“It was pretty special,” Girardi said. “The second one, he really hit. Seeing his mom and dad, who we’ve been close to for a long time, his little brother; they played on this field a lot. They greew up in the area, so he’s been on this field. It’s pretty neat.”

Did Girardi say anything to Bichette Jr. in the dugout?

“I don’t know, honestly,” Bichette Jr. said. “I don’t remember any of them. It was kind of surreal.”

• If you missed it in the game post, the Yankees final diagnosis of Cesar Cabral is a stress fracture in his olecranon (essentially the tip of his elbow). Girardi said it’s the same injury Warner Madrigal had last spring, and an injury Jonathan Albaladejo had at one point. “It’s frustrating because he had a really good camp for us,” Girardi said. “I can’t tell you what was going to happen, but he had a good camp for us.”

• Francisco Cervelli was taken out of the game after being hit by a pitch in the forearm, but he’s fine. Girardi said there are no concerns about it.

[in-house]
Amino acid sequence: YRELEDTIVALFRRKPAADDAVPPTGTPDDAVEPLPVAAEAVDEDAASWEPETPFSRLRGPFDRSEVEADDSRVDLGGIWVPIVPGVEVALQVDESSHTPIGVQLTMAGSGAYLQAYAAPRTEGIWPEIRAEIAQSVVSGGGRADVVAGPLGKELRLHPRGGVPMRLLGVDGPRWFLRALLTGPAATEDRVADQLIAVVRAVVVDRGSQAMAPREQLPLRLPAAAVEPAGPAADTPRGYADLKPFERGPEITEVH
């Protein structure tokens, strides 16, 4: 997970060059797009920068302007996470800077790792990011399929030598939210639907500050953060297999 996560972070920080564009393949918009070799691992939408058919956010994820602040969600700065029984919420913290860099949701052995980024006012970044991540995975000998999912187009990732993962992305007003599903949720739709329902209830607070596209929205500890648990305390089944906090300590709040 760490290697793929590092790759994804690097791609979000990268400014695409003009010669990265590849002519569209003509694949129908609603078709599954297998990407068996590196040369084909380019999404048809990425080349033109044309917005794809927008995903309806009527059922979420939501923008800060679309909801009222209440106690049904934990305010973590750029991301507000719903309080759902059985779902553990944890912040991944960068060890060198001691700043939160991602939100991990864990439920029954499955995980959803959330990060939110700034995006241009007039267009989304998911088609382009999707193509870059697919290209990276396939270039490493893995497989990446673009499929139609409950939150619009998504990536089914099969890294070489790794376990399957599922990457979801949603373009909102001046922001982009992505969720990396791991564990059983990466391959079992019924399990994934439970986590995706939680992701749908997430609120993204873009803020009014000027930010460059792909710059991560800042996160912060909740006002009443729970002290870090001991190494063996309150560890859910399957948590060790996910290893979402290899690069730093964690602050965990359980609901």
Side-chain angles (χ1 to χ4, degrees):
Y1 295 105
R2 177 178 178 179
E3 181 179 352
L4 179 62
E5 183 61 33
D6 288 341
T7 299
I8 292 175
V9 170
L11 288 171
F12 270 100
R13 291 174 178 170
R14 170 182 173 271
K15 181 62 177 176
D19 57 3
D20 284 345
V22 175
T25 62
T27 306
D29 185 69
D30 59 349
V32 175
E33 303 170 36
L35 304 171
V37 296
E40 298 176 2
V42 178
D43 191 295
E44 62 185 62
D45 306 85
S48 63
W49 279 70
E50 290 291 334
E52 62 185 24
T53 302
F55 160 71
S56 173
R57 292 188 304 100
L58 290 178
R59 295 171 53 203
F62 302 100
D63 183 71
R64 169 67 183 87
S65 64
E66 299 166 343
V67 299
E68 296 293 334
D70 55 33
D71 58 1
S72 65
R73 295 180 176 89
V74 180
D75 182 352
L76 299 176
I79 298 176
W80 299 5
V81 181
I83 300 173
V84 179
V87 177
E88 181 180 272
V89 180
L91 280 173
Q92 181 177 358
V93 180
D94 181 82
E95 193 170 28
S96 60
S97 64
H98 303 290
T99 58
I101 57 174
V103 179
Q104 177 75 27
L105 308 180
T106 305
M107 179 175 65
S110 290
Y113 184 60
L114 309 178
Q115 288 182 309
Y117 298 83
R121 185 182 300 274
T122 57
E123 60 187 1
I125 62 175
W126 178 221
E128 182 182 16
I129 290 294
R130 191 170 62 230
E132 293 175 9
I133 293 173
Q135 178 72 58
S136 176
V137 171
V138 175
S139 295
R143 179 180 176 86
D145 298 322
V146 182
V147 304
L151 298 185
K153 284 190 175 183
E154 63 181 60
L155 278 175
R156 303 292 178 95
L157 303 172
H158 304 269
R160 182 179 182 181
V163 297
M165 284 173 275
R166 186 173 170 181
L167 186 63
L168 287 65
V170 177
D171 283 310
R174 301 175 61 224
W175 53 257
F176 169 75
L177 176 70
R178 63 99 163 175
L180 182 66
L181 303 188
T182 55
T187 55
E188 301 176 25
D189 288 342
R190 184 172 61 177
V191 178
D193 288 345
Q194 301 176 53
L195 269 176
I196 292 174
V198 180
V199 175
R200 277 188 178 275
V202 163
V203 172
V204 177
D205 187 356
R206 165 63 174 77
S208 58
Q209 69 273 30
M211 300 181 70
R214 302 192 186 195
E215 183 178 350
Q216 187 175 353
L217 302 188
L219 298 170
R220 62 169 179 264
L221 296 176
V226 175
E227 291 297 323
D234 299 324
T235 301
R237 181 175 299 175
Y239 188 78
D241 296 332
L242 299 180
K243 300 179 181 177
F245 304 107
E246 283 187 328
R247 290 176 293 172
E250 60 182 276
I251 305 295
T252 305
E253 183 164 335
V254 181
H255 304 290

• Certainly the conditions didn’t help, but Adam Warren conceded that he “just wasn’t sharp” this afternoon. He allowed six runs on 10 hits through 5.2 innings. He walked none and struck out three, but said his command was bad from the very beginning. He did feel better as the game progressed, he said. Four of those runs came in the second inning.

• Girardi on Warren: “I thought he threw the ball better than the numbers indicated. It’s a windy day, an extremely fast infield — not great conditions to be a pitcher here. I thought he threw the ball better than what it indicated.”